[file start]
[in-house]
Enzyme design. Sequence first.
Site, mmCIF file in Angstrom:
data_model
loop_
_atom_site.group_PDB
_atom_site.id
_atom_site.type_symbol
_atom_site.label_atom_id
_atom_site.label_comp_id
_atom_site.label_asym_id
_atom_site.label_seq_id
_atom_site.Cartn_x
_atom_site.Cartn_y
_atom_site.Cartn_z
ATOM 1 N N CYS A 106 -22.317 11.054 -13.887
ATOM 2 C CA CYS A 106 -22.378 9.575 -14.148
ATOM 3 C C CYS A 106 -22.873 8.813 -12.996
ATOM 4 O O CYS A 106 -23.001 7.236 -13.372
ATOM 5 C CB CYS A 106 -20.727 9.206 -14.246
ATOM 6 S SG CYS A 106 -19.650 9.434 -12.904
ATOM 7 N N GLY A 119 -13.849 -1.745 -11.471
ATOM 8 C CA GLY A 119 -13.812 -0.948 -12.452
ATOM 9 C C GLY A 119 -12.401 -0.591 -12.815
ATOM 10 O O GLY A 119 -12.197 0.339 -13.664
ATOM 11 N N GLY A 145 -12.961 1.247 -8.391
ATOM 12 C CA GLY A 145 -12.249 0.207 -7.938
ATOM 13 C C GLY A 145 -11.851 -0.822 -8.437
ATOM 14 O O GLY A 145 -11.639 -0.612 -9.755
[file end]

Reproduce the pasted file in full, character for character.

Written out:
[in-house]
Enzyme design. Sequence first.
Site, mmCIF file in Angstrom:
data_model
loop_
_atom_site.group_PDB
_atom_site.id
_atom_site.type_symbol
_atom_site.label_atom_id
_atom_site.label_comp_id
_atom_site.label_asym_id
_atom_site.label_seq_id
_atom_site.Cartn_x
_atom_site.Cartn_y
_atom_site.Cartn_z
ATOM 1 N N CYS A 106 -22.317 11.054 -13.887
ATOM 2 C CA CYS A 106 -22.378 9.575 -14.148
ATOM 3 C C CYS A 106 -22.873 8.813 -12.996
ATOM 4 O O CYS A 106 -23.001 7.236 -13.372
ATOM 5 C CB CYS A 106 -20.727 9.206 -14.246
ATOM 6 S SG CYS A 106 -19.650 9.434 -12.904
ATOM 7 N N GLY A 119 -13.849 -1.745 -11.471
ATOM 8 C CA GLY A 119 -13.812 -0.948 -12.452
ATOM 9 C C GLY A 119 -12.401 -0.591 -12.815
ATOM 10 O O GLY A 119 -12.197 0.339 -13.664
ATOM 11 N N GLY A 145 -12.961 1.247 -8.391
ATOM 12 C CA GLY A 145 -12.249 0.207 -7.938
ATOM 13 C C GLY A 145 -11.851 -0.822 -8.437
ATOM 14 O O GLY A 145 -11.639 -0.612 -9.755